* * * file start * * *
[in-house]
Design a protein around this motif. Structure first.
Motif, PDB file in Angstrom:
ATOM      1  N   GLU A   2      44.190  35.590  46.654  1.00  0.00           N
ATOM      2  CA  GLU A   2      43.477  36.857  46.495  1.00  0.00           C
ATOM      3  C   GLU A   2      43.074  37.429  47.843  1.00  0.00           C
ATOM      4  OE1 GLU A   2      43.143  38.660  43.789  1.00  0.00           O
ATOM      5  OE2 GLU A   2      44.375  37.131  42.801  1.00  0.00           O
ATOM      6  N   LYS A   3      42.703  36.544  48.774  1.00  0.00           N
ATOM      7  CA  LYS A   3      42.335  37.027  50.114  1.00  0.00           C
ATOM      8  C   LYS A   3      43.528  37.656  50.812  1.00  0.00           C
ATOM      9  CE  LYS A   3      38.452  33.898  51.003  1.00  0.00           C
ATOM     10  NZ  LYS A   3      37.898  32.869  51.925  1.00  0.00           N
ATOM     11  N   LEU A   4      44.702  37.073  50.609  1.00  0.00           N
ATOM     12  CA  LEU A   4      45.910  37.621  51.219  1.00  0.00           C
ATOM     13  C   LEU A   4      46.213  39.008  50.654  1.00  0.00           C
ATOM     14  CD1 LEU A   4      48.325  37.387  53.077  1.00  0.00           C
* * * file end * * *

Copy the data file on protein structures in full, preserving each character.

[in-house]
Design a protein around this motif. Structure first.
Motif, PDB file in Angstrom:
ATOM      1  N   GLU A   2      44.190  35.590  46.654  1.00  0.00           N
ATOM      2  CA  GLU A   2      43.477  36.857  46.495  1.00  0.00           C
ATOM      3  C   GLU A   2      43.074  37.429  47.843  1.00  0.00           C
ATOM      4  OE1 GLU A   2      43.143  38.660  43.789  1.00  0.00           O
ATOM      5  OE2 GLU A   2      44.375  37.131  42.801  1.00  0.00           O
ATOM      6  N   LYS A   3      42.703  36.544  48.774  1.00  0.00           N
ATOM      7  CA  LYS A   3      42.335  37.027  50.114  1.00  0.00           C
ATOM      8  C   LYS A   3      43.528  37.656  50.812  1.00  0.00           C
ATOM      9  CE  LYS A   3      38.452  33.898  51.003  1.00  0.00           C
ATOM     10  NZ  LYS A   3      37.898  32.869  51.925  1.00  0.00           N
ATOM     11  N   LEU A   4      44.702  37.073  50.609  1.00  0.00           N
ATOM     12  CA  LEU A   4      45.910  37.621  51.219  1.00  0.00           C
ATOM     13  C   LEU A   4      46.213  39.008  50.654  1.00  0.00           C
ATOM     14  CD1 LEU A   4      48.325  37.387  53.077  1.00  0.00           C